The world of technology never ceases to amaze us while advancing every other year. And we’re on it again – the sixth-generation cellular network is already creating a buzz among tech industry leaders, governments, and headlines. Of course, 6G’s predecessor, 5G, is only at the initial stages of being rolled out in most parts of the world. So, why is the industry talking about 6G this fast, considering that 5G (the fastest wireless network to date) implementation is still new? This article explores just that.
6G is a cellular technology that could provide faster speeds and low latency wireless communications. It would use ultra-high frequencies to achieve this. 5G development saw the introduction of millimeter waves (MM), but 6G will further explore the use of waves with a wavelength less than a millimeter and frequencies of up to 1 THz compared to about 95 GHz used in 5G technology.
How Does 6G Differ from 5G?
Previously, we’ve talked about how 5G will transform smart cities, autonomous cars, decentralized networks (e.g., blockchain), and drones. With speeds of up to 1 Tbps and latency of less than a microsecond, 6G will enhance these applications in addition to revolutionizing communications, Virtual Reality (VR), and AI. Mobile edge computing (MEC) will also be much more seamless with 6G deployment. Another reason why 6G is everyone’s hype is its ability to send and receive frequencies at the same time without the need to split channels, as in 5G.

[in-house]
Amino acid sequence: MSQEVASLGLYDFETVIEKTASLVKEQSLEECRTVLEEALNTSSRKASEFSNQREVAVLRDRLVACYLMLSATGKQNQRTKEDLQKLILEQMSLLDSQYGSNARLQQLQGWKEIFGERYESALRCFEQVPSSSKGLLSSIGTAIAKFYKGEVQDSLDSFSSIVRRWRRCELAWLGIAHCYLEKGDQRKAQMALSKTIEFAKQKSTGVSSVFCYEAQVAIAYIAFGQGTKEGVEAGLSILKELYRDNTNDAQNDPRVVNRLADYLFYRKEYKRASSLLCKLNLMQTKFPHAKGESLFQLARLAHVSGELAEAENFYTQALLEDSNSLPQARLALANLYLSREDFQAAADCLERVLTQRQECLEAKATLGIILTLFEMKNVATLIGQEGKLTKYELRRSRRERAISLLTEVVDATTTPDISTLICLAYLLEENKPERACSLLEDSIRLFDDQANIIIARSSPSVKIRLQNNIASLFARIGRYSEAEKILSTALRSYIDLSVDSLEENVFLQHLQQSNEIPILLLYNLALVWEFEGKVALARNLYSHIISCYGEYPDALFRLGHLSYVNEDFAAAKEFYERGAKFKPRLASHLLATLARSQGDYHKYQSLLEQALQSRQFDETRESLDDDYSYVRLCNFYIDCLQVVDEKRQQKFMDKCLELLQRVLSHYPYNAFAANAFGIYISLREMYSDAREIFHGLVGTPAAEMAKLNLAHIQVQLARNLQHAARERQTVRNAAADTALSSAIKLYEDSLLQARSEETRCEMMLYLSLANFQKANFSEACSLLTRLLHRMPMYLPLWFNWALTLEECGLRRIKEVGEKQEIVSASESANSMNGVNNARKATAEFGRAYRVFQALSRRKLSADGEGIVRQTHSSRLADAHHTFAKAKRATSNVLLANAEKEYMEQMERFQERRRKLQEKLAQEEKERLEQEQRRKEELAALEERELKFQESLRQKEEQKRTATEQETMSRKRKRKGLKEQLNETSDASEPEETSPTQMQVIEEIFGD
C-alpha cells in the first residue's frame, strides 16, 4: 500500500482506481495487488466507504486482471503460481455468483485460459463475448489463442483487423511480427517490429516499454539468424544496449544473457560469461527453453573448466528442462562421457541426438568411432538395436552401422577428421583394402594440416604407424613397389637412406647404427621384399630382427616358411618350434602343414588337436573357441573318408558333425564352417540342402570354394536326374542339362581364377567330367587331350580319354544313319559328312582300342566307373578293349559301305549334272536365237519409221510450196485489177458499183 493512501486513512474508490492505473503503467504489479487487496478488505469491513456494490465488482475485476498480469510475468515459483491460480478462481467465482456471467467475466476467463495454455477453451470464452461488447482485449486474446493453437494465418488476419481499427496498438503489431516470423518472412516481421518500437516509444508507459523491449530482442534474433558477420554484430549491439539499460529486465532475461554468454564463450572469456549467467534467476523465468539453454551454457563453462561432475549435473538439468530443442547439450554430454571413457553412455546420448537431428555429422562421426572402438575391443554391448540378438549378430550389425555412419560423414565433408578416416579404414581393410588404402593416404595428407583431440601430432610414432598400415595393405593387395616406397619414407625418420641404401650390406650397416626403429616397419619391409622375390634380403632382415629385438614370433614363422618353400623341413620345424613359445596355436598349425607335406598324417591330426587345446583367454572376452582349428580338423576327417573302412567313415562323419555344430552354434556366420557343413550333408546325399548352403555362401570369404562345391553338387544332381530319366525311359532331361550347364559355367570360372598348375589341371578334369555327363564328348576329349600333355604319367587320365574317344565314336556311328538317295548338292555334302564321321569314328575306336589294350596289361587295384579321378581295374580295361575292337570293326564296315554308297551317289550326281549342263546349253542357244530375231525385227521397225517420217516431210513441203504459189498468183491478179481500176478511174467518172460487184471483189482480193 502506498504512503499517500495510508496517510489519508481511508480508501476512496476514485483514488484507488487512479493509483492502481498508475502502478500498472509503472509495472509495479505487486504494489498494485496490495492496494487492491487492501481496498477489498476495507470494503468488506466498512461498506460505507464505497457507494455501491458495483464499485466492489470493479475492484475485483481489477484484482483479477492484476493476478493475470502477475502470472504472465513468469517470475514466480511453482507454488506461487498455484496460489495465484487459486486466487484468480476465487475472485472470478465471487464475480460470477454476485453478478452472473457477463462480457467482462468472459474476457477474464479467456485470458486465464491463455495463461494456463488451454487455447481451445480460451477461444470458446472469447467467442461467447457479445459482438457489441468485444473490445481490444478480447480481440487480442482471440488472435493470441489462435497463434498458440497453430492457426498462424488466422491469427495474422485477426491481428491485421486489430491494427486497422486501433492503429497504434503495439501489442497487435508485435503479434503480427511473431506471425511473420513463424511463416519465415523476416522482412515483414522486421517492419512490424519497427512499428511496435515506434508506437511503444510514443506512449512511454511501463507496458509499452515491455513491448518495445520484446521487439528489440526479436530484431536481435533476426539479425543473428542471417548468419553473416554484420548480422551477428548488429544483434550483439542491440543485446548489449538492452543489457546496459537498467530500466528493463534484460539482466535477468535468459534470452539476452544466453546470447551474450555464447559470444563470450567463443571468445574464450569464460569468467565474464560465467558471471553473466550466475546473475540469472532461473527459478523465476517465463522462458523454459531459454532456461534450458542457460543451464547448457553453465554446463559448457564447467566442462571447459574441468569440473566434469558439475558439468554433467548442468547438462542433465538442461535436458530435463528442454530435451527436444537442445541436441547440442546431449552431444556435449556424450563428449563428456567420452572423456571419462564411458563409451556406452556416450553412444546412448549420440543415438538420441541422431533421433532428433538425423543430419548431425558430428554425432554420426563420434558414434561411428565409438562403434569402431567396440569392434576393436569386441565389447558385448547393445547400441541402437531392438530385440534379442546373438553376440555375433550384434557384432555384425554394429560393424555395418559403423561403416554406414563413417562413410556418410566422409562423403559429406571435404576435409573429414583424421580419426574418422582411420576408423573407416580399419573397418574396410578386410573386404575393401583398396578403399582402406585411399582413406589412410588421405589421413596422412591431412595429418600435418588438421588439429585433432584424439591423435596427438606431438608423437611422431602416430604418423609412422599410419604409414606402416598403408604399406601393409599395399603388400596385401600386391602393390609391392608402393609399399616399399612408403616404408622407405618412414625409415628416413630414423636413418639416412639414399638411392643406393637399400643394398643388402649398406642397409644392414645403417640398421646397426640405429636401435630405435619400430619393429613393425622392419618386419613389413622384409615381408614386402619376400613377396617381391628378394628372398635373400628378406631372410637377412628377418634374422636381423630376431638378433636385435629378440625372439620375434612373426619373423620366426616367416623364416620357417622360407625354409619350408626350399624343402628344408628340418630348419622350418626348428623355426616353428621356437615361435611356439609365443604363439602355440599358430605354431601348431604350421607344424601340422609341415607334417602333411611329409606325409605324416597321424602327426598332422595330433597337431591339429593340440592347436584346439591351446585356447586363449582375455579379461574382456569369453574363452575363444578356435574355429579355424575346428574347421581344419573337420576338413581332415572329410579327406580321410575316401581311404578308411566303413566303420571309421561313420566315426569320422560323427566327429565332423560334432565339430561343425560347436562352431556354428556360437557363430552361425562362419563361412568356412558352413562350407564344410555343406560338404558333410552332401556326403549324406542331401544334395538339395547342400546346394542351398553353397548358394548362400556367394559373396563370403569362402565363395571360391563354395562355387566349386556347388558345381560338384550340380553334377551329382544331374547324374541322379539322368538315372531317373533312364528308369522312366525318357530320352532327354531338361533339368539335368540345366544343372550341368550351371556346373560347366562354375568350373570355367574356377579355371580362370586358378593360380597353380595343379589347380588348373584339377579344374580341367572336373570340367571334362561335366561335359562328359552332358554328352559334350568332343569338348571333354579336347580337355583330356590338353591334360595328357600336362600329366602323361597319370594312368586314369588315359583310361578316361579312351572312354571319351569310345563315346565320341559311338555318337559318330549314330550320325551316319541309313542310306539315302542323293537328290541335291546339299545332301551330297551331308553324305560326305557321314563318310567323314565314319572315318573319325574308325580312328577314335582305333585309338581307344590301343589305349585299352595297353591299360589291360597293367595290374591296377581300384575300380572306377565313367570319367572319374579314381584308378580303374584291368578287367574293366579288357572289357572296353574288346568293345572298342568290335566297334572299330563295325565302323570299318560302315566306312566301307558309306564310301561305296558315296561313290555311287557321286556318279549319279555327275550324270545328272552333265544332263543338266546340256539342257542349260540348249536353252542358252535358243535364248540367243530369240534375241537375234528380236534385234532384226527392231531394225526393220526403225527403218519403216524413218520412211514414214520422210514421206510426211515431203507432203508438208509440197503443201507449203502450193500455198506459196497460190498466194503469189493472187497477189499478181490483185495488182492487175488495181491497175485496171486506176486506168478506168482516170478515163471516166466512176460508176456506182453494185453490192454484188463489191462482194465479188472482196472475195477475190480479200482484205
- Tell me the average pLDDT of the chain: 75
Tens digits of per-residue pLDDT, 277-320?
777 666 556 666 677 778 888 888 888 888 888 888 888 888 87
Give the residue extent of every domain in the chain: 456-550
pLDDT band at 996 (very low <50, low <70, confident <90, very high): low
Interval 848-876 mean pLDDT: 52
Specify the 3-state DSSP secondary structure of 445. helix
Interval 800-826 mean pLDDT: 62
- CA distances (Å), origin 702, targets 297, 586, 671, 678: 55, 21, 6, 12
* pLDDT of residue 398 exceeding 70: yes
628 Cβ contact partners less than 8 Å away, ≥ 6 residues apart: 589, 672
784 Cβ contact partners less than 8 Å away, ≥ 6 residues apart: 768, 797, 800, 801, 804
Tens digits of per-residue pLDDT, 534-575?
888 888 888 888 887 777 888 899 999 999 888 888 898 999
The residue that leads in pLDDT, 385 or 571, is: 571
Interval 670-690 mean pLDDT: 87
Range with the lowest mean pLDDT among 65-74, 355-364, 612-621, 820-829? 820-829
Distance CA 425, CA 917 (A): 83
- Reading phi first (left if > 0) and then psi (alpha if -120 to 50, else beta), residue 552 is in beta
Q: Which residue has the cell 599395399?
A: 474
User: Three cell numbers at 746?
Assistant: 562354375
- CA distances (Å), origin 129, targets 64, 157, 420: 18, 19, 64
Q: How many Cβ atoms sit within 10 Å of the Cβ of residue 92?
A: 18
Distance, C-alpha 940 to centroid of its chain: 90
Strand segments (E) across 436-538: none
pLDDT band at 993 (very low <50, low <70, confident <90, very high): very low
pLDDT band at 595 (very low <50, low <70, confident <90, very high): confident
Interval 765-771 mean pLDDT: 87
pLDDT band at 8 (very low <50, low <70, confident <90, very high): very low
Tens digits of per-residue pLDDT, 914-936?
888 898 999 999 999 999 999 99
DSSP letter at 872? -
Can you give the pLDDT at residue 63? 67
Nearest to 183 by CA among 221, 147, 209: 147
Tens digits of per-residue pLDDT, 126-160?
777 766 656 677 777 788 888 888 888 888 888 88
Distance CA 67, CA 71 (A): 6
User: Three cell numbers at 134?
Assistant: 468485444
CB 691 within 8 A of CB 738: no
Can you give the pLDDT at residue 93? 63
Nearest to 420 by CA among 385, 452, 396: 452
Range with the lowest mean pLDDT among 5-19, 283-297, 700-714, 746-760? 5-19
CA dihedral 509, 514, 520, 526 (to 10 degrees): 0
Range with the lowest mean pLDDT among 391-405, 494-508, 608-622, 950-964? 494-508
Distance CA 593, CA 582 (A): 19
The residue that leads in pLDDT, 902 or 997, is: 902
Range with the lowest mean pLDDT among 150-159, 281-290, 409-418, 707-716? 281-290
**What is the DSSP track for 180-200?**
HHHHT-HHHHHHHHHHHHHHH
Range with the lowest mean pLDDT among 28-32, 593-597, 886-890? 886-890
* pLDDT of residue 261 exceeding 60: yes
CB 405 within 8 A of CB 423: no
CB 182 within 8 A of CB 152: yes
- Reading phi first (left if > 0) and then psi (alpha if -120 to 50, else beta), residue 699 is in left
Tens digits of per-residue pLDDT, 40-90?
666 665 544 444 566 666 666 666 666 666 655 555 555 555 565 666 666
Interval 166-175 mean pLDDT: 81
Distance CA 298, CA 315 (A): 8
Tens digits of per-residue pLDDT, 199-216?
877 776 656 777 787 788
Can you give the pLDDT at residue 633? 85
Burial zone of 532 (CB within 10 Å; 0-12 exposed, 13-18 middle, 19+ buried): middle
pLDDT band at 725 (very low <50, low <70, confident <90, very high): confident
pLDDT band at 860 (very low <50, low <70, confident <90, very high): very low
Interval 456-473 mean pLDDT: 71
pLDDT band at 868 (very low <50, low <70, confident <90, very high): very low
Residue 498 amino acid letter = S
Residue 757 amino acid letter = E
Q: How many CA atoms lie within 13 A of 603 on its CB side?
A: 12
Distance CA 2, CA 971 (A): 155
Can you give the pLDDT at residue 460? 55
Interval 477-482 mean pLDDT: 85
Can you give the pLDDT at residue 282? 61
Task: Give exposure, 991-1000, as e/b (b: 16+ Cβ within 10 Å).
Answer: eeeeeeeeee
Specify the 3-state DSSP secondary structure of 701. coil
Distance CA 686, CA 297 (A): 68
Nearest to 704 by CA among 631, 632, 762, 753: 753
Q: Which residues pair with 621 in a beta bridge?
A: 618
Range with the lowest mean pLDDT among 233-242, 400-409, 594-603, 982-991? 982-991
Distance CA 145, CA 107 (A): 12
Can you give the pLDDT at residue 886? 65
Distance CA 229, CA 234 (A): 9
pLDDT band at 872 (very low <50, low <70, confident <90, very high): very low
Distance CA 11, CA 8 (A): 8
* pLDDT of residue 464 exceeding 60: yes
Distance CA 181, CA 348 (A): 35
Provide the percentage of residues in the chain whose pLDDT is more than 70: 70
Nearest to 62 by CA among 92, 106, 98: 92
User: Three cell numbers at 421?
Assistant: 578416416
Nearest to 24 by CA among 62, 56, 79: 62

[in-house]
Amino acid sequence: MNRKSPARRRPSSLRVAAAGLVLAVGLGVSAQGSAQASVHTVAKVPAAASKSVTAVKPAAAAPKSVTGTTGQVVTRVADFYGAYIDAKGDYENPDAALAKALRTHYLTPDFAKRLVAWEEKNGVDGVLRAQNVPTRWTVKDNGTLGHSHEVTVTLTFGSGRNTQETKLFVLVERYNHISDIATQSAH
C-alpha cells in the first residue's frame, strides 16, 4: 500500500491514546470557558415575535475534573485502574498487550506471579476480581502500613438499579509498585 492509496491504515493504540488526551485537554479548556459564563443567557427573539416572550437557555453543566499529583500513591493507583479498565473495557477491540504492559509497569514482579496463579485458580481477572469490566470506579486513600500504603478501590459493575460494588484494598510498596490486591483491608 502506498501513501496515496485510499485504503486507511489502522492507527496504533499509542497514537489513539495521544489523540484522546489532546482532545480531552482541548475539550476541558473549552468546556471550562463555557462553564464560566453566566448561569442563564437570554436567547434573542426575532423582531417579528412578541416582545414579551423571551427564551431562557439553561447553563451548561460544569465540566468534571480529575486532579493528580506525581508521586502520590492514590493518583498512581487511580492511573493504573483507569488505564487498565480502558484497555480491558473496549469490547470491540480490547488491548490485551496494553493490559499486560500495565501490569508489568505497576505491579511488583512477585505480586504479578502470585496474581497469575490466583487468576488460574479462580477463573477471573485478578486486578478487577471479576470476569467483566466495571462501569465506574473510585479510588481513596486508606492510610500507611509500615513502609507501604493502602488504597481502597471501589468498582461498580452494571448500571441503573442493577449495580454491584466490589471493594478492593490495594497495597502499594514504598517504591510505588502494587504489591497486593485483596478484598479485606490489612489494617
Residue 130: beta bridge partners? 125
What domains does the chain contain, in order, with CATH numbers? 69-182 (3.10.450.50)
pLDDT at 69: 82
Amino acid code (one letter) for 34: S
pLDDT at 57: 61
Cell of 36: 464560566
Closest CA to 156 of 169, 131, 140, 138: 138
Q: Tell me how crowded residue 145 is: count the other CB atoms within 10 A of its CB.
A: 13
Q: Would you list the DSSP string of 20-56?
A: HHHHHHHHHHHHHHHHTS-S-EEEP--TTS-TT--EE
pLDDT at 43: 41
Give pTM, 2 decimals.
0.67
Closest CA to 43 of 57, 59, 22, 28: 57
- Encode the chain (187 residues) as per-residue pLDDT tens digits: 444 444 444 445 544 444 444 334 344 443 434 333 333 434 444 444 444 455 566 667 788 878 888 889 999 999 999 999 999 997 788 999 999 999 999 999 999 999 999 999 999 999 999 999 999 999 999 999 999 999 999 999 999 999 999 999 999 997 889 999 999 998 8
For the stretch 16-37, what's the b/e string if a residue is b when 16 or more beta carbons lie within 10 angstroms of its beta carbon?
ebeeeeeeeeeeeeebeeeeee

When to Expect a Functional 6G Wireless Network
The sixth-generation cellular technology is way away in years. We can expect the rollout for commercial use late this decade. Massive deployment may not happen until at least 2020. The infrastructure, electronics, and standards for 6G are yet to be defined or even invented. Nevertheless, various tech-savvy companies and government agencies have started research. Many of them are investing millions of dollars towards the same.
Who is on it?
Earlier in October 2020, a Washington-based group known as the Alliance for Telecommunications Industry Solutions formed a “Next G Alliance”. Companies such as AT&T, Facebook, T-Mobile, Qualcomm, US Inc., and South Korean tech giant Samsung Electronics are part of the alliance which aims to advance research and rollout of 6G.
Another name for the 6G development is Optipulse. According to the company, they are using a miniature chip, which is much faster at sending wireless data than 5G RF emitters. Optipulse has so far tested this technology and proven it to work up to 25 Gbps error-free.
The creator of massive MIMO, Tom Marzetta, currently works as the director of NYU Wireless. He is shaping the firm towards innovating the infrastructure needed for 6G. While acknowledging various design challenges, Tom is steering 6G research at NYU wireless. “We’re doing both experimental and theoretical 6G research.” He says that they’re working on the terahertz spectrum, which has a wavelength equal to one-tenth of that of a 5G millimeter wave.
Future for 6G
Remember that about a decade ago when B4G (Beyond 4G) was a common phrase? These were the initial stages of research on 5G. Today, you can now easily buy a 5G mobile phone, though it seemed mind-blowing then. We can view the B5G with the same lens in that we’re still at the early research work on 6G.
However, there are challenges ahead. Inventing semiconductors that process data at that frequency will prove challenging. Also, there are concerns about sub-millimeter waves. These include being tampered with or obstructed by water molecules in the atmosphere.
Can you imagine downloading 142 hours of Netflix movies in a matter of seconds? 6G has the potential to reach such unparalleled speeds.
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